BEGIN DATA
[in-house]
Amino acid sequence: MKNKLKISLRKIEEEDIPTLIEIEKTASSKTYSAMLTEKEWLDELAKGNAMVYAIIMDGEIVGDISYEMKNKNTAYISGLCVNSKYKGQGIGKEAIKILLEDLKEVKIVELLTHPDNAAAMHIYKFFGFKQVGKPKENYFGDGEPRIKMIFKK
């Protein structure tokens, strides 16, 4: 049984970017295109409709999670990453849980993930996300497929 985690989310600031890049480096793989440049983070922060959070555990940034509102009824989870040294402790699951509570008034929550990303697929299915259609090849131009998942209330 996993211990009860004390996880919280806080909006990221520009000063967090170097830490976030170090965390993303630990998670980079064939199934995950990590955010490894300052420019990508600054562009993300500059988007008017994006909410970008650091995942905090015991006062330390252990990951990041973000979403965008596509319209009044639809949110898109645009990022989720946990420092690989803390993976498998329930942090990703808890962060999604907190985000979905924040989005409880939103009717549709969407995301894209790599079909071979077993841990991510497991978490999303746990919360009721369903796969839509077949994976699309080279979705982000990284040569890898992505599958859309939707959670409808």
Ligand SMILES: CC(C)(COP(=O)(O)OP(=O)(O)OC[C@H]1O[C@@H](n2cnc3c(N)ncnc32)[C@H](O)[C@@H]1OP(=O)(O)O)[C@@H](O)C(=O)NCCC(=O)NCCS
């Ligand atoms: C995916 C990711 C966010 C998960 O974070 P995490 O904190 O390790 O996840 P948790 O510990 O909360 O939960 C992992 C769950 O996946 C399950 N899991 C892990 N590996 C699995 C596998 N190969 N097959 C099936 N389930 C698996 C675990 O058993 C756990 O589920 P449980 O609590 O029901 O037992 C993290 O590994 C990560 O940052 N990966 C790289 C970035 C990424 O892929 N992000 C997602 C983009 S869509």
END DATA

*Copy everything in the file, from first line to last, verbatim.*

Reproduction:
[in-house]
Amino acid sequence: MKNKLKISLRKIEEEDIPTLIEIEKTASSKTYSAMLTEKEWLDELAKGNAMVYAIIMDGEIVGDISYEMKNKNTAYISGLCVNSKYKGQGIGKEAIKILLEDLKEVKIVELLTHPDNAAAMHIYKFFGFKQVGKPKENYFGDGEPRIKMIFKK
């Protein structure tokens, strides 16, 4: 049984970017295109409709999670990453849980993930996300497929 985690989310600031890049480096793989440049983070922060959070555990940034509102009824989870040294402790699951509570008034929550990303697929299915259609090849131009998942209330 996993211990009860004390996880919280806080909006990221520009000063967090170097830490976030170090965390993303630990998670980079064939199934995950990590955010490894300052420019990508600054562009993300500059988007008017994006909410970008650091995942905090015991006062330390252990990951990041973000979403965008596509319209009044639809949110898109645009990022989720946990420092690989803390993976498998329930942090990703808890962060999604907190985000979905924040989005409880939103009717549709969407995301894209790599079909071979077993841990991510497991978490999303746990919360009721369903796969839509077949994976699309080279979705982000990284040569890898992505599958859309939707959670409808």
Ligand SMILES: CC(C)(COP(=O)(O)OP(=O)(O)OC[C@H]1O[C@@H](n2cnc3c(N)ncnc32)[C@H](O)[C@@H]1OP(=O)(O)O)[C@@H](O)C(=O)NCCC(=O)NCCS
């Ligand atoms: C995916 C990711 C966010 C998960 O974070 P995490 O904190 O390790 O996840 P948790 O510990 O909360 O939960 C992992 C769950 O996946 C399950 N899991 C892990 N590996 C699995 C596998 N190969 N097959 C099936 N389930 C698996 C675990 O058993 C756990 O589920 P449980 O609590 O029901 O037992 C993290 O590994 C990560 O940052 N990966 C790289 C970035 C990424 O892929 N992000 C997602 C983009 S869509």